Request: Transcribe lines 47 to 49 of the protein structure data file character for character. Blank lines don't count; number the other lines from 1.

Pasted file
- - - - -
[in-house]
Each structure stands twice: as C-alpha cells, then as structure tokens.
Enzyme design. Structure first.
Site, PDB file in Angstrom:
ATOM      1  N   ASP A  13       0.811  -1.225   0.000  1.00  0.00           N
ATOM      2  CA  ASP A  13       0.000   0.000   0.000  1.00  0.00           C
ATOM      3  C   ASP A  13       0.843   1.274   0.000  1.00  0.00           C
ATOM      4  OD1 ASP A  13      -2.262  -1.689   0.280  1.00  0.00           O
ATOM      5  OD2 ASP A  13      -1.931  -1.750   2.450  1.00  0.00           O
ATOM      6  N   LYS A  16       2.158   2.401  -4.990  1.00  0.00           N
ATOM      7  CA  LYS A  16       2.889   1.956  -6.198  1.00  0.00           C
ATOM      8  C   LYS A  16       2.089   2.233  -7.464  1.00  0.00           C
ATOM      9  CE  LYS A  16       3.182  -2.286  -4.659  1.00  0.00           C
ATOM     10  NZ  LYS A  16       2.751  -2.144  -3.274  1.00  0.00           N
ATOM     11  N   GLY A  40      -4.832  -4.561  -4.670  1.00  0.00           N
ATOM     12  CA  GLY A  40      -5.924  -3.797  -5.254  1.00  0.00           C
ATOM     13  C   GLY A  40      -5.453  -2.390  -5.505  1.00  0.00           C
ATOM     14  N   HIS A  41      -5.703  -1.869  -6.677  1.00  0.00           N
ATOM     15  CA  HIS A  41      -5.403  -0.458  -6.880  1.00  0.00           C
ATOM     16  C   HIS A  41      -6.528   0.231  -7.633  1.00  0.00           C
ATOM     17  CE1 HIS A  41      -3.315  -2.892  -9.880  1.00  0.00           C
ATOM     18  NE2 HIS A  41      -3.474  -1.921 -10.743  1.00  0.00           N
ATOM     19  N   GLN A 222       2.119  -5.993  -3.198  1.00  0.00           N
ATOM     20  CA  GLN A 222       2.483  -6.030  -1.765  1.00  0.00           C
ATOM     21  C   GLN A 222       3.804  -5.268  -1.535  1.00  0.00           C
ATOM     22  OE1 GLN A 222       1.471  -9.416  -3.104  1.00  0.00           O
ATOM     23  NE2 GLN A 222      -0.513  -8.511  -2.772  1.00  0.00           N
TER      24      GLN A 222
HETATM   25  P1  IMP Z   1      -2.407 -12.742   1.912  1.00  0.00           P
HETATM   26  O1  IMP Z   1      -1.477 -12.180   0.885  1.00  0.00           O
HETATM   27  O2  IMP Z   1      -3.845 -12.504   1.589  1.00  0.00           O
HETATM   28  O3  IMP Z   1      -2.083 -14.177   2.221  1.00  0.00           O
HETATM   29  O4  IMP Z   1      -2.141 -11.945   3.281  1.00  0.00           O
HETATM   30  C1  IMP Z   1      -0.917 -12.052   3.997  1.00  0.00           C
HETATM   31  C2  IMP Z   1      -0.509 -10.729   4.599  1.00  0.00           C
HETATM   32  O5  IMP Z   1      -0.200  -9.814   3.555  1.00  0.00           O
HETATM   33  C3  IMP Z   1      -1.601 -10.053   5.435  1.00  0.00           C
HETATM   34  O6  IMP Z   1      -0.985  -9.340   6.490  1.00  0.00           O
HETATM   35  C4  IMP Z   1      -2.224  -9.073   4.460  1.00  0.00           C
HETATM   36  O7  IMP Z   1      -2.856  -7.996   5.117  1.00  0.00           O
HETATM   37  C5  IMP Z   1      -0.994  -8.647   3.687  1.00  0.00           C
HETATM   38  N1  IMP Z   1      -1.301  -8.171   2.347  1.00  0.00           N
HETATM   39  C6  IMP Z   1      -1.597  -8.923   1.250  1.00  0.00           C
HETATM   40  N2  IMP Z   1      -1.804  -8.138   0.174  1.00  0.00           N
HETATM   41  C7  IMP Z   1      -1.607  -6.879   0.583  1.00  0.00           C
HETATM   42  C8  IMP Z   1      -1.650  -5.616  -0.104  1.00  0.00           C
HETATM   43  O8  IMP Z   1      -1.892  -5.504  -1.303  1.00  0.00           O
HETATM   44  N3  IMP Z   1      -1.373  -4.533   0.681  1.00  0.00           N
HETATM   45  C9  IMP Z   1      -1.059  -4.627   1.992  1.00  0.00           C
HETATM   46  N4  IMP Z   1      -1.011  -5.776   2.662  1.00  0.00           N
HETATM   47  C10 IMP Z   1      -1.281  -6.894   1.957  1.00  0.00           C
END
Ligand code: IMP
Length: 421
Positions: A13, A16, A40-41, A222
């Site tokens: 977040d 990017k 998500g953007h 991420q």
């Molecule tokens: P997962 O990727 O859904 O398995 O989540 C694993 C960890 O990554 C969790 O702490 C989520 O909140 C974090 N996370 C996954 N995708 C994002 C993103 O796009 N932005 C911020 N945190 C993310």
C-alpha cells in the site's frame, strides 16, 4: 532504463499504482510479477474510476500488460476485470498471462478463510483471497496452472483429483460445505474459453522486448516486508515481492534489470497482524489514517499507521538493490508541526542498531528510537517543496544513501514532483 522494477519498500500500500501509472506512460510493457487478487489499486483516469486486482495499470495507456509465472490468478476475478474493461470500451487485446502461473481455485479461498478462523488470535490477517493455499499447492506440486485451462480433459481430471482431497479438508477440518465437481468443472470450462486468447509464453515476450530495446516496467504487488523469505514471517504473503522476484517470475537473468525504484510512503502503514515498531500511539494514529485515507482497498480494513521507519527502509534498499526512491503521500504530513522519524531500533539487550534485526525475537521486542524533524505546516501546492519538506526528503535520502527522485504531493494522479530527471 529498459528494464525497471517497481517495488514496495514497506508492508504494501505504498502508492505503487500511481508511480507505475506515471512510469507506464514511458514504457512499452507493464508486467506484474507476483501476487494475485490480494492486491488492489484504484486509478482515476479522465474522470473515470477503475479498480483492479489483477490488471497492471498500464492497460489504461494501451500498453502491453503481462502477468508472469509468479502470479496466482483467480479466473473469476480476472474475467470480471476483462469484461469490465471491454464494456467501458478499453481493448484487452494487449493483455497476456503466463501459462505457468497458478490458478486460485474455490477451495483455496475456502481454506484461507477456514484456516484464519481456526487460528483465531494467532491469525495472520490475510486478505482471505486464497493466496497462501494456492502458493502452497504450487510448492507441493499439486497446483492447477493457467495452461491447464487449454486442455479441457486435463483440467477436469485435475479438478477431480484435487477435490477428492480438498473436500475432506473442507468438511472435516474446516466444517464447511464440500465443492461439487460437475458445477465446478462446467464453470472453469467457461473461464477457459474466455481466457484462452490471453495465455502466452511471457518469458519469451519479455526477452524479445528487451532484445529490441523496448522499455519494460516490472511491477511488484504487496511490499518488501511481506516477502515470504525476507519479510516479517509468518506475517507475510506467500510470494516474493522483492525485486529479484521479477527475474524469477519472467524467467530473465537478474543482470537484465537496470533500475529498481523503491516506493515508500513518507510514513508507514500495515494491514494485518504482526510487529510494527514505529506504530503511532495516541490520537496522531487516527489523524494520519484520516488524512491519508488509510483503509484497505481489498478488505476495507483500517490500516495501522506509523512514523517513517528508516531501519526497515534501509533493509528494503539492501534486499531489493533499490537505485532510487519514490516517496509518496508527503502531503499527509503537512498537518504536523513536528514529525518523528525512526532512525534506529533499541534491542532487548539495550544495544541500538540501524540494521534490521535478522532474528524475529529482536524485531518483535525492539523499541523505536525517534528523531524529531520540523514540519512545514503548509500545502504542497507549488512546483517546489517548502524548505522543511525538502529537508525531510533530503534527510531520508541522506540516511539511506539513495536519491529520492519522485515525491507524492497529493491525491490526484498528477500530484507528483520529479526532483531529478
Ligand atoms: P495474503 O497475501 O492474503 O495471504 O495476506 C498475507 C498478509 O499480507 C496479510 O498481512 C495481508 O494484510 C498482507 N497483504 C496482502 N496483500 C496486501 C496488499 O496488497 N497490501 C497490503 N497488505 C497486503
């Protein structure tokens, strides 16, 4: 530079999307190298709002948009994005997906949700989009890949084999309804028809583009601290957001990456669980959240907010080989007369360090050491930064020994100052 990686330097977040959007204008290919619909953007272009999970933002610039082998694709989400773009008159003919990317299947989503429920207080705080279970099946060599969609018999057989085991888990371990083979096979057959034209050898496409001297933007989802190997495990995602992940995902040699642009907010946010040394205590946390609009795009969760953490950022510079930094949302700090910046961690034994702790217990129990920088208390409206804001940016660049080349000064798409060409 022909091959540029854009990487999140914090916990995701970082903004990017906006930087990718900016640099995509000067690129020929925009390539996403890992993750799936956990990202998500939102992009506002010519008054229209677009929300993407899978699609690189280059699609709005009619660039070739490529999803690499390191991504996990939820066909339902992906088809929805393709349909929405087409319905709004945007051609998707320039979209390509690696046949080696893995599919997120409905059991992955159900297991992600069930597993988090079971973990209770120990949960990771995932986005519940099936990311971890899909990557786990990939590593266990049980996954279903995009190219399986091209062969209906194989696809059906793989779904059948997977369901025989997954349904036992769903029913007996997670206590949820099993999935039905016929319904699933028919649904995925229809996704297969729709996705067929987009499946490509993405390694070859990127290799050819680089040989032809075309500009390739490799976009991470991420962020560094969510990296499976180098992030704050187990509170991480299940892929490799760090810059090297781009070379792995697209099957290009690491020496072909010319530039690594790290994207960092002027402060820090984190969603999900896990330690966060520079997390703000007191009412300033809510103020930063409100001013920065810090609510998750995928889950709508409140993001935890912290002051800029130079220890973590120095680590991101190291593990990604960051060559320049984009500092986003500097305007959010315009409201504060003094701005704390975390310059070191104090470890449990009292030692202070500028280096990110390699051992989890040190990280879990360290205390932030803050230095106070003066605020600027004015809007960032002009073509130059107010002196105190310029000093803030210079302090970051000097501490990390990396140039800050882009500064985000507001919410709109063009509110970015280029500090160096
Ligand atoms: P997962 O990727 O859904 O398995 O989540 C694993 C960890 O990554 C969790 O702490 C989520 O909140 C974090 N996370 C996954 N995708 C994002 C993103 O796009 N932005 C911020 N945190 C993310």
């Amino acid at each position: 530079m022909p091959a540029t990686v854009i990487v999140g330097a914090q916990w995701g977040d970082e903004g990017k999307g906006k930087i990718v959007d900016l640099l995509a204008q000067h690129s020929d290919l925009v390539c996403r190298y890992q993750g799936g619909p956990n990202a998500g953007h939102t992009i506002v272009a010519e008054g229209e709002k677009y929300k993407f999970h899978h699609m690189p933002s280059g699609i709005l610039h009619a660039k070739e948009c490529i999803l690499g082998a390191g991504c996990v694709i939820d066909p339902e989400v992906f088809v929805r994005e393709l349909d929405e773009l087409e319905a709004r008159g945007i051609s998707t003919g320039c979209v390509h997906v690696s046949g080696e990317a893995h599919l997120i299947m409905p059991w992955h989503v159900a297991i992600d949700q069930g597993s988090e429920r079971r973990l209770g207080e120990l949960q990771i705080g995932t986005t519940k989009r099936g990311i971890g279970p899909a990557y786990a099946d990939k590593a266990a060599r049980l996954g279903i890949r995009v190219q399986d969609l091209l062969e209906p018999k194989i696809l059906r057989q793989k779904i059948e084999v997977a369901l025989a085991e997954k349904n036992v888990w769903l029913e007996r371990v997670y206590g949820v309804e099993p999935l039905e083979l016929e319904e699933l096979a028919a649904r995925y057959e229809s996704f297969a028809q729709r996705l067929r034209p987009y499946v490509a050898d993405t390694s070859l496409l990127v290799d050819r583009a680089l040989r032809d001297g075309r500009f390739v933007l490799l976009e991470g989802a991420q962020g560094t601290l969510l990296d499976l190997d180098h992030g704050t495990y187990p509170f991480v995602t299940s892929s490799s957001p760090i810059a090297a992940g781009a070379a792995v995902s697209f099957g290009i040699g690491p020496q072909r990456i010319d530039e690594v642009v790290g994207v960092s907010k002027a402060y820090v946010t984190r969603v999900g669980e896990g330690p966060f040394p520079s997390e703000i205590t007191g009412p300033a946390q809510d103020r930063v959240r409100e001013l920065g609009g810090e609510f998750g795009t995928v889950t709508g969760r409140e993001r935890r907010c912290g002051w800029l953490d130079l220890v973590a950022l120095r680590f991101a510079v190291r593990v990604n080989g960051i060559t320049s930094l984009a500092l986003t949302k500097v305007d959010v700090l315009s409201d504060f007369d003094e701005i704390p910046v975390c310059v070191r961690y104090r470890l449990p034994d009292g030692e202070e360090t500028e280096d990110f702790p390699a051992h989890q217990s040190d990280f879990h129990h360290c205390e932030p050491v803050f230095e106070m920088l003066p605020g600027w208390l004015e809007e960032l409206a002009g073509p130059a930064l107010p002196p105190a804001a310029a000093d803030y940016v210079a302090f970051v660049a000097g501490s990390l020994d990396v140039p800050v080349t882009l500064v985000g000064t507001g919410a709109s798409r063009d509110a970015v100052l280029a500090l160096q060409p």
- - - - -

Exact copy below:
HETATM   43  O8  IMP Z   1      -1.892  -5.504  -1.303  1.00  0.00           O
HETATM   44  N3  IMP Z   1      -1.373  -4.533   0.681  1.00  0.00           N
HETATM   45  C9  IMP Z   1      -1.059  -4.627   1.992  1.00  0.00           C